ABC News’ Michael Falcone reports:
Some conservatives who are already upset that this week’s Conservative Political Action Conference will include a right-leaning organization that promotes gay rights grew even more concerned this weekend when Sarah Palin suggested that she, too, supports the group.
“Should conservatives not reach out to others, not participate in events or forums that perhaps arising within those forums are issues that maybe we don’t personally agree with? And I say no,” Palin told the Christian Broadcasting Network’s David Brody who asked the former Alaska governor to weigh in on the presence of GOProud, an organization that stands for conservative values and gay rights, at the CPAC conference.
Palin added, “I look at participation in an event like CPAC or any other event along kind of in that same vein as the more information that people have the better.”
Her remarks did not sit well with American Principles Project president Frank Cannon. His group was one of the first to call on supporters to boycott this year’s CPAC conference, one of the largest annual gatherings of conservatives in the country, over GOProud's involvement.
“The concern of conservatives is over the participation of a group whose stated goals run at odds with that of core conservative principles, not over debate over those issues,” said Cannon said in a statement on Monday. “Governor Palin should clarify her comments by letting us know whether in her definition, traditional marriage is a core component of conservatism.”
“Certainly Governor Palin would not be in favor of allowing a socialist group to be a participating organization (i.e. co-sponsor of CPAC) in the name of healthy debate," he added.
Jimmy LaSalvia, executive director of GOProud, emphasized in a recent interview with ABC News that “organizations across the spectrum in the conservative movement” will be represented at CPAC, which is expected to draw 10,000 activists to Washington, DC.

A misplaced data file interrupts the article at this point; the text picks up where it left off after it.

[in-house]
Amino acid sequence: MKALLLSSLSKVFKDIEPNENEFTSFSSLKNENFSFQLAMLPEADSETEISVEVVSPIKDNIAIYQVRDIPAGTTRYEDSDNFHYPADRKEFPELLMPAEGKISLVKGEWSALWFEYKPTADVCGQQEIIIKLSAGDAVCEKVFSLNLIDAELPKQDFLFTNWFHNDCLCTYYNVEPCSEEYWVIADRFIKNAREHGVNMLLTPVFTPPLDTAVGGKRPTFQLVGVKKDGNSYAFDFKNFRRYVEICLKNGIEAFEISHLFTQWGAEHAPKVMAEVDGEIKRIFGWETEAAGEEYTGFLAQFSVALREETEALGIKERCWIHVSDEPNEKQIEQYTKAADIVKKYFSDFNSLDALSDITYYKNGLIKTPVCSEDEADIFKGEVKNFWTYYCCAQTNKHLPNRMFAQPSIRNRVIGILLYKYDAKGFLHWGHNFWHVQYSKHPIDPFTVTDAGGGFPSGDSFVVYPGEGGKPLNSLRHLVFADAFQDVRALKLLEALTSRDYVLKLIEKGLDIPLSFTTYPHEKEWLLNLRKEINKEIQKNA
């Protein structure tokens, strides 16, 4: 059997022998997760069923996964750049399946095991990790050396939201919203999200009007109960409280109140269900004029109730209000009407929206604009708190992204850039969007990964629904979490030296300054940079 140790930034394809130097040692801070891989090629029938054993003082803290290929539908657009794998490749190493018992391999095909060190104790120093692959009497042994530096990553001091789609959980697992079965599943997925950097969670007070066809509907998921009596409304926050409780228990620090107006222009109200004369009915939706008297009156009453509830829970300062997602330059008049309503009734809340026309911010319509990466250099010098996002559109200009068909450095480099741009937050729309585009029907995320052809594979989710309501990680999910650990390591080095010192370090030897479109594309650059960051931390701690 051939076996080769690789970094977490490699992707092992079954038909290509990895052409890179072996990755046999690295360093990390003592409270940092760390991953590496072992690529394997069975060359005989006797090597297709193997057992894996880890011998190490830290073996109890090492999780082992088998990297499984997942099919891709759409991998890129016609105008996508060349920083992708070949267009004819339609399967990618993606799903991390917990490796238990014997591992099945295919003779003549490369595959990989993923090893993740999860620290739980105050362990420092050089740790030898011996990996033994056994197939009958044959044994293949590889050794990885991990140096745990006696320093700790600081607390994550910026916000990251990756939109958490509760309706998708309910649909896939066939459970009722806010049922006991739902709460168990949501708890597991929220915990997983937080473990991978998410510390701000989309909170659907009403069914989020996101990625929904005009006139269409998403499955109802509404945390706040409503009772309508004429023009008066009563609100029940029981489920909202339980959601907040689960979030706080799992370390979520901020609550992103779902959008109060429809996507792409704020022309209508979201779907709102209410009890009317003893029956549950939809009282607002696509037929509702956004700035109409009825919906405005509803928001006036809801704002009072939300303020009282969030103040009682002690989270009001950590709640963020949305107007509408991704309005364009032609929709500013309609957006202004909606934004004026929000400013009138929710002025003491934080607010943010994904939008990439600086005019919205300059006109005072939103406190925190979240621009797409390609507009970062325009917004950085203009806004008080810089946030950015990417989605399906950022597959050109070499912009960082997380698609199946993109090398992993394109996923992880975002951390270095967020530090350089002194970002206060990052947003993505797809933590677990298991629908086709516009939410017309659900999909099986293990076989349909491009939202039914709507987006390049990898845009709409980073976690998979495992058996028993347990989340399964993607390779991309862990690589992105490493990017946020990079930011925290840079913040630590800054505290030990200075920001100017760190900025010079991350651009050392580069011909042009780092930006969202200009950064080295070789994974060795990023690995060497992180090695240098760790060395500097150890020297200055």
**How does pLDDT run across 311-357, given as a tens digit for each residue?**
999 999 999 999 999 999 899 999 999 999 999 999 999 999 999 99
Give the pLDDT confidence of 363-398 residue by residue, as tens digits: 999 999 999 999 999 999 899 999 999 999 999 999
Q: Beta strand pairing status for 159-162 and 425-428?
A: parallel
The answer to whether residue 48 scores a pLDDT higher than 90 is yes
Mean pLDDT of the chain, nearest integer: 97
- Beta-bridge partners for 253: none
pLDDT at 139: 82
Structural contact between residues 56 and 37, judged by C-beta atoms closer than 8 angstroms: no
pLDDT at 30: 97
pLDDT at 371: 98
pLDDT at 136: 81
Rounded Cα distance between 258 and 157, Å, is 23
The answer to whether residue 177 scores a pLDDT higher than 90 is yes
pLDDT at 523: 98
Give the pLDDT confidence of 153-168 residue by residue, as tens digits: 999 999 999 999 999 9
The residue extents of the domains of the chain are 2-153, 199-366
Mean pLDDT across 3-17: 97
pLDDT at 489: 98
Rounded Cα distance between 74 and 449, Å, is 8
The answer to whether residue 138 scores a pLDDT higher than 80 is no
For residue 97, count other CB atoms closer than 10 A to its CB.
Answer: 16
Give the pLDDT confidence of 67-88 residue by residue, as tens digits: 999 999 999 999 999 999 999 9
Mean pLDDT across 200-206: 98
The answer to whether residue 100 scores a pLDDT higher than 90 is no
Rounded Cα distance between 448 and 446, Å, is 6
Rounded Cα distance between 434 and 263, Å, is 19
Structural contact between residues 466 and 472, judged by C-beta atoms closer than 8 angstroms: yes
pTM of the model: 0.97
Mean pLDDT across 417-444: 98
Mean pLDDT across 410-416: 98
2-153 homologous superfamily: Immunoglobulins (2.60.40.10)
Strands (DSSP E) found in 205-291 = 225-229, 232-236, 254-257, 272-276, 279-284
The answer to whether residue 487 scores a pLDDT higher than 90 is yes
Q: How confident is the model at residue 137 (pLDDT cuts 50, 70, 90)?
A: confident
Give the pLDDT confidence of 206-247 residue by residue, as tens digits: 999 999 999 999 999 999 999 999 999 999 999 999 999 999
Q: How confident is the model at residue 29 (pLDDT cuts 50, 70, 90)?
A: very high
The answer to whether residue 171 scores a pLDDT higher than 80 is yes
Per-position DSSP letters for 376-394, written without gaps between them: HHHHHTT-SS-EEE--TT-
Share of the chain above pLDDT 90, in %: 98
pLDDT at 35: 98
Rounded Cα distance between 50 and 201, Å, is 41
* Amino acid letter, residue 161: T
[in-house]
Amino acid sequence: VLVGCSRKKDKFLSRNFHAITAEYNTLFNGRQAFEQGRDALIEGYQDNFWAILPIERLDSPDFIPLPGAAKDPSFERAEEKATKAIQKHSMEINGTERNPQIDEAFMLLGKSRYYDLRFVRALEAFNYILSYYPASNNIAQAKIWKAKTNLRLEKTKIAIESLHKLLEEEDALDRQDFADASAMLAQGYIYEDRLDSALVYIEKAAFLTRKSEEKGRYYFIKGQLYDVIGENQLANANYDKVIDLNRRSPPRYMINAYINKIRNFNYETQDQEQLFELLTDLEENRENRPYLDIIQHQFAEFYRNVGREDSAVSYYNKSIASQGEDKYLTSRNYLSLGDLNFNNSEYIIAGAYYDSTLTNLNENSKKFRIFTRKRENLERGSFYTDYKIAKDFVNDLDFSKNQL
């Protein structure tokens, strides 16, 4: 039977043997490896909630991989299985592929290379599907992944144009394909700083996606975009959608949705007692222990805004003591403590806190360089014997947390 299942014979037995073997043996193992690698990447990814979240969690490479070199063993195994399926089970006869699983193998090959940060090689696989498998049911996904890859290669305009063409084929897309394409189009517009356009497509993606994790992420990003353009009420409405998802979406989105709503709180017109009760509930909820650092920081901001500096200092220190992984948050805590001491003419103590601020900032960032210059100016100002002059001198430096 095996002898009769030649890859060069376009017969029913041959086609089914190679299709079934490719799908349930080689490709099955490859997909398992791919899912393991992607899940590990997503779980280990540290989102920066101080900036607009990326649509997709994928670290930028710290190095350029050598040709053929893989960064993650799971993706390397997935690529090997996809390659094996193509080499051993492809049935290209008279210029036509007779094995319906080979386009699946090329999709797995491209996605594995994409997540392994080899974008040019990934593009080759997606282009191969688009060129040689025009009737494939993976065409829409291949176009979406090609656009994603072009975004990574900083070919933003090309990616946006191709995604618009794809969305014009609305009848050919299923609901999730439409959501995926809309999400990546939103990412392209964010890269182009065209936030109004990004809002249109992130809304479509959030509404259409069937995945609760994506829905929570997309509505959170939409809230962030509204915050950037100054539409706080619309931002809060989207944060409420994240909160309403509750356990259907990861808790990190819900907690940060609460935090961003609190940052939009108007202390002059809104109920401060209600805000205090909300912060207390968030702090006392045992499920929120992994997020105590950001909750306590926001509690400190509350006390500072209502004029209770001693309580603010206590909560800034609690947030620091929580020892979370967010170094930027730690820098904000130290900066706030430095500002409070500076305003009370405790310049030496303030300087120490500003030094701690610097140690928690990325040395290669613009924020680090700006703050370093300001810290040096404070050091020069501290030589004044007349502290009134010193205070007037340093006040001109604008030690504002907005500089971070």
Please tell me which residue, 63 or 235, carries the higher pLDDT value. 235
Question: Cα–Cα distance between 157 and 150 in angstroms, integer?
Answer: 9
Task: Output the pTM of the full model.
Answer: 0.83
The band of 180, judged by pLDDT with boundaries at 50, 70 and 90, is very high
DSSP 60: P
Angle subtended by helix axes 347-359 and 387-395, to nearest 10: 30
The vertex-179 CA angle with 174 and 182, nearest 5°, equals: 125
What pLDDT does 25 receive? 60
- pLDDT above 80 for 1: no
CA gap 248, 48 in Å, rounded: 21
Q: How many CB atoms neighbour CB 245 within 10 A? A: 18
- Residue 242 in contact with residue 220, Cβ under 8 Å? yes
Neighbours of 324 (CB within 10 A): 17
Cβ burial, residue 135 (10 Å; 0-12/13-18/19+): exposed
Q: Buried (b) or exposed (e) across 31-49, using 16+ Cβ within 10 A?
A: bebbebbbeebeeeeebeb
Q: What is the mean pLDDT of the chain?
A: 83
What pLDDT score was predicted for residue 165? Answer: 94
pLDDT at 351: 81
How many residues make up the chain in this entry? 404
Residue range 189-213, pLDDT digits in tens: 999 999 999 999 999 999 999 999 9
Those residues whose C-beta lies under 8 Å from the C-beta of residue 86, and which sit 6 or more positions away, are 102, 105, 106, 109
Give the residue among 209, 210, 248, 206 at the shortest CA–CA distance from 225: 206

For the fourth year in a row, Palin declined an invitation to address the conference. CPAC organizers had hoped to book her in a coveted keynote speaking role this Saturday — the final day of the three-day event.
In this weekend’s interview with the Christian Broadcasting Network, Palin said her absence came down to “a matter of time.”
Much like her stance on GOProud, Palin has left her views on the broader question of gay rights open to interpretation.
In January, for example, Palin re-tweeted a post by gay conservative talk radio host Tammy Bruce in which she complained about Republican opposition to the repeal of “Don’t Ask, Don’t Tell.” At the time, Bruce commended Palin for what she thought was an endorsement of the repeal effort.
“I think @SarahPalinUSA RT my tweet is her first comment on DADT, treatment of gays & attempts to marginalize us–thank you Governor,” Bruce wrote on Twitter. But when asked in a subsequent interview on Fox News whether the policy should be repealed, Palin responded: "I don’t think so right now."